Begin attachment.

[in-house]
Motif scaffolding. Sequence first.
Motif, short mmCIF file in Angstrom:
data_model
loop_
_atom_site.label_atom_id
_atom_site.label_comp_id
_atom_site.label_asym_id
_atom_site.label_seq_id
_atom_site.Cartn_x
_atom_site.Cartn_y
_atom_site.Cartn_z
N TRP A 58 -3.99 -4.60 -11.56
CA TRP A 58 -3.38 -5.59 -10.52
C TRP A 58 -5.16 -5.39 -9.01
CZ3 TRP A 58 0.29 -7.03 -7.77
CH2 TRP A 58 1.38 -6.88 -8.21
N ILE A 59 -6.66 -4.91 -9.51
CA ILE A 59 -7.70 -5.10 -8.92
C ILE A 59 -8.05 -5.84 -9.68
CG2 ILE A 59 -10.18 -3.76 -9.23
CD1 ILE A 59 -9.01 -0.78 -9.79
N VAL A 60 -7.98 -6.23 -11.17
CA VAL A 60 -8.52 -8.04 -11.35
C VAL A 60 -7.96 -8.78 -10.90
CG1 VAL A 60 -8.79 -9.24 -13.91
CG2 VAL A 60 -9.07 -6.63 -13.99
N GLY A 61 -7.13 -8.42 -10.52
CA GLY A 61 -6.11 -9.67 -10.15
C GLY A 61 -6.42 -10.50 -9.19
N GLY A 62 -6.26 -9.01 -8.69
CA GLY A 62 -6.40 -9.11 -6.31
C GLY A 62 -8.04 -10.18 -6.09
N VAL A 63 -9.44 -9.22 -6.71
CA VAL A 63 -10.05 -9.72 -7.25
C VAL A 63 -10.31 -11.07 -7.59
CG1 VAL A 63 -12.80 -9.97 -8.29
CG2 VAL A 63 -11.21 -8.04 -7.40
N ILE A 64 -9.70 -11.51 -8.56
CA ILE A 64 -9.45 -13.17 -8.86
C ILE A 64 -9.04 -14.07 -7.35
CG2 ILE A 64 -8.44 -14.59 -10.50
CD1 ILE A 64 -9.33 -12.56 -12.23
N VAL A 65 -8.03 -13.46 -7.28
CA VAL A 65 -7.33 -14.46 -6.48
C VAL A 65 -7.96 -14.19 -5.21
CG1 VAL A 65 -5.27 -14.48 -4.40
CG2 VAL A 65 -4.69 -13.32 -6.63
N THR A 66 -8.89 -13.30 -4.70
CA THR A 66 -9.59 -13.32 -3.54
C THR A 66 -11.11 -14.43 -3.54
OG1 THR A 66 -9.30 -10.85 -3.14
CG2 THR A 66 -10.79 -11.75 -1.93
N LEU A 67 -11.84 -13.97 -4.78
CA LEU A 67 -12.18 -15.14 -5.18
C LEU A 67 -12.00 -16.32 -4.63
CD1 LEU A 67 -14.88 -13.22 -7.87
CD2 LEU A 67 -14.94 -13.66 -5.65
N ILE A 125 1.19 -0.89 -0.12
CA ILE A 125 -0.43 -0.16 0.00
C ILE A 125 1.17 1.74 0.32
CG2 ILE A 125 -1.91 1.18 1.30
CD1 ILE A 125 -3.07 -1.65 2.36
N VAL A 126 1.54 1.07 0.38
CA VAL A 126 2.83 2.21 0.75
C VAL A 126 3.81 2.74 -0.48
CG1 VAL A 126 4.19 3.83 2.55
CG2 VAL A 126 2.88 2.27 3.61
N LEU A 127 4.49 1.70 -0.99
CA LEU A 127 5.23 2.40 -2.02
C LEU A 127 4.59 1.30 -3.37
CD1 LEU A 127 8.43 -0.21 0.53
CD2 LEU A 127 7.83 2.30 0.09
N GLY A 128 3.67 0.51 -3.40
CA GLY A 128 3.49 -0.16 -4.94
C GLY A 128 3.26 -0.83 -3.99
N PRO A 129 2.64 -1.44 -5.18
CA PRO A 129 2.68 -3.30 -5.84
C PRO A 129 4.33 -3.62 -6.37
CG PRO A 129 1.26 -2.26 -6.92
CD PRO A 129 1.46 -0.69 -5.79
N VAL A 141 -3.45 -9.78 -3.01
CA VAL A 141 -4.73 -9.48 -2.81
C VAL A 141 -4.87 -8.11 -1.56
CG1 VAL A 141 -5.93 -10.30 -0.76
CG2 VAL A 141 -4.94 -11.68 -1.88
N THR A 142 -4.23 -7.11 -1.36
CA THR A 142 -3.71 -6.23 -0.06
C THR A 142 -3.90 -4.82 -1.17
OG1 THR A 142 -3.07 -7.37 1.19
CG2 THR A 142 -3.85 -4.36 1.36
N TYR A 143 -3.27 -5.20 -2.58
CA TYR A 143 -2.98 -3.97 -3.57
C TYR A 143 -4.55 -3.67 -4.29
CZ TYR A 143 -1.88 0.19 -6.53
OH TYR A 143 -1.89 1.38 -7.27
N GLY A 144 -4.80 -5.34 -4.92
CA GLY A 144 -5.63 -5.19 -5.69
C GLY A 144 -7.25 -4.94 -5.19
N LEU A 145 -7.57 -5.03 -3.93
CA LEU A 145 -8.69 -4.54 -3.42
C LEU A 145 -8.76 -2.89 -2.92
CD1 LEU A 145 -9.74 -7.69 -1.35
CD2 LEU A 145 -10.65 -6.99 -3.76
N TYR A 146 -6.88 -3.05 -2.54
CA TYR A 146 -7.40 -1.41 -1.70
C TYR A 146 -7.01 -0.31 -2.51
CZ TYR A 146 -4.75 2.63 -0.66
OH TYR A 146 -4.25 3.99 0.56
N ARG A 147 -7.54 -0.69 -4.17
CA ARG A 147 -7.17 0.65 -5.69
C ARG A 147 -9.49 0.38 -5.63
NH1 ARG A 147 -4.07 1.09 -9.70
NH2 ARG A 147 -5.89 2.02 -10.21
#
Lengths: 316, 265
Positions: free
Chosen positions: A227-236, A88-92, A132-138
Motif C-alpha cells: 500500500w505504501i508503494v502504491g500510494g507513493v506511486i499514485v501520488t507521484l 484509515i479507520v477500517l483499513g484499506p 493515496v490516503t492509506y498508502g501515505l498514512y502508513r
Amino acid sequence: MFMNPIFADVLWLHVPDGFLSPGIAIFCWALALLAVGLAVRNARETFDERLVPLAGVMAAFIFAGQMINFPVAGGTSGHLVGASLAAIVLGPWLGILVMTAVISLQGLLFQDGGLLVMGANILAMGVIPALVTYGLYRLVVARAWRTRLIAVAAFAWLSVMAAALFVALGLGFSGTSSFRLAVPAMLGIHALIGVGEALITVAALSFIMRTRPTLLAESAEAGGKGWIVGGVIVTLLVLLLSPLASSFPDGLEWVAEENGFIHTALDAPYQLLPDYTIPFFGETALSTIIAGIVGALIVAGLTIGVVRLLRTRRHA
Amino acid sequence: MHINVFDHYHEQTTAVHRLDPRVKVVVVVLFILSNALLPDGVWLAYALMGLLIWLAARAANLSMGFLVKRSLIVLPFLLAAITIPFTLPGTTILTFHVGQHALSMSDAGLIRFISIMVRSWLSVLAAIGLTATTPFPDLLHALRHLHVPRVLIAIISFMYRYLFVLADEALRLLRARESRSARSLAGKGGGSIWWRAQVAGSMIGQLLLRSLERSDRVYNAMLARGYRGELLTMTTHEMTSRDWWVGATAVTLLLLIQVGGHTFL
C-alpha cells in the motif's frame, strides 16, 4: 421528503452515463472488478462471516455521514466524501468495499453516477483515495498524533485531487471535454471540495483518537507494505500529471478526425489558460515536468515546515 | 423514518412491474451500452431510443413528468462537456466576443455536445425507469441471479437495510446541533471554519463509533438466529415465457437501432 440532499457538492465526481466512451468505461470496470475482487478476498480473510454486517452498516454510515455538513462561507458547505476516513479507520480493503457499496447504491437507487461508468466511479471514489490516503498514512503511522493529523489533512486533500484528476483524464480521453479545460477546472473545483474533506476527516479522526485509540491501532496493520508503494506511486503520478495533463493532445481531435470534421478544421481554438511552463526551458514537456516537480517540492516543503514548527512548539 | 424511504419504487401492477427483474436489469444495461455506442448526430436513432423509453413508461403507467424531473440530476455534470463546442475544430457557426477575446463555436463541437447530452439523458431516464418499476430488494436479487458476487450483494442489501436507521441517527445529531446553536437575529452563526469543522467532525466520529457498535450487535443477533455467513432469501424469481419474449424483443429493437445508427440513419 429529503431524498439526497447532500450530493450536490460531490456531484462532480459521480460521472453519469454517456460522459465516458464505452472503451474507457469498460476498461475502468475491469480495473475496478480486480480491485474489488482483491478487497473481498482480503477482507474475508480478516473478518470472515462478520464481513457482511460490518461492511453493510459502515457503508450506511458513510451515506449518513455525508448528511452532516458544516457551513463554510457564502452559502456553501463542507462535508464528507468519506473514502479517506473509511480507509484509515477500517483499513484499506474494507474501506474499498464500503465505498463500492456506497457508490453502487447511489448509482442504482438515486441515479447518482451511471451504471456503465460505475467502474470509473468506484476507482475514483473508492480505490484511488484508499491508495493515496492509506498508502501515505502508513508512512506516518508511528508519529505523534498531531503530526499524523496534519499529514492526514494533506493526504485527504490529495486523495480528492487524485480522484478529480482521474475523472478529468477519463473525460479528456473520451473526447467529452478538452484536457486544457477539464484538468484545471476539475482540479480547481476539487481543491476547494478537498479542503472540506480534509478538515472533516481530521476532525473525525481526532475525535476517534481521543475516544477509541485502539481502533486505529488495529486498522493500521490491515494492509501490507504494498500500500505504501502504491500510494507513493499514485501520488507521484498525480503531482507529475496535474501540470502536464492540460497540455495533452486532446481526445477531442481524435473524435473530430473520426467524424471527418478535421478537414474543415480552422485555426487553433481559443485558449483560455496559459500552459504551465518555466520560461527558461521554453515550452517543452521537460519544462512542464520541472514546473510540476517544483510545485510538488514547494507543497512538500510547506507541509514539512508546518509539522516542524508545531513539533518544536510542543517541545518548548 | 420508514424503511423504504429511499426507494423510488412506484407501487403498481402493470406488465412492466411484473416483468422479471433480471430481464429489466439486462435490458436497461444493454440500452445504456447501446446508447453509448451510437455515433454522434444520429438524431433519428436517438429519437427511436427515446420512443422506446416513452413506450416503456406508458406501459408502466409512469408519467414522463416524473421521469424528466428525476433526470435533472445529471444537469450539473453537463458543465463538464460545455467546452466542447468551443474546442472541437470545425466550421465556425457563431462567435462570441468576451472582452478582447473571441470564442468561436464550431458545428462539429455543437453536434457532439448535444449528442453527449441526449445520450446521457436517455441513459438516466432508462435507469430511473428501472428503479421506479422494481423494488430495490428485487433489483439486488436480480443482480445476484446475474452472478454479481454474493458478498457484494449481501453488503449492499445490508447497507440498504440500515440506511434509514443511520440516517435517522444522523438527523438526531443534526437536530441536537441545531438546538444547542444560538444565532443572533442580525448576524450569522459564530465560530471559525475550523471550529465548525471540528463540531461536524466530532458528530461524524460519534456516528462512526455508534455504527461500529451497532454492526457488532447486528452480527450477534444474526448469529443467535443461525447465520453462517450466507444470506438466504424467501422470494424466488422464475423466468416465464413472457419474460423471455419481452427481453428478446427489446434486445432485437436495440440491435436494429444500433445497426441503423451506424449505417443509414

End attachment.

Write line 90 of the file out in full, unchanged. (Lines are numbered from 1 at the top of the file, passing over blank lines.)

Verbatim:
OG1 THR A 142 -3.07 -7.37 1.19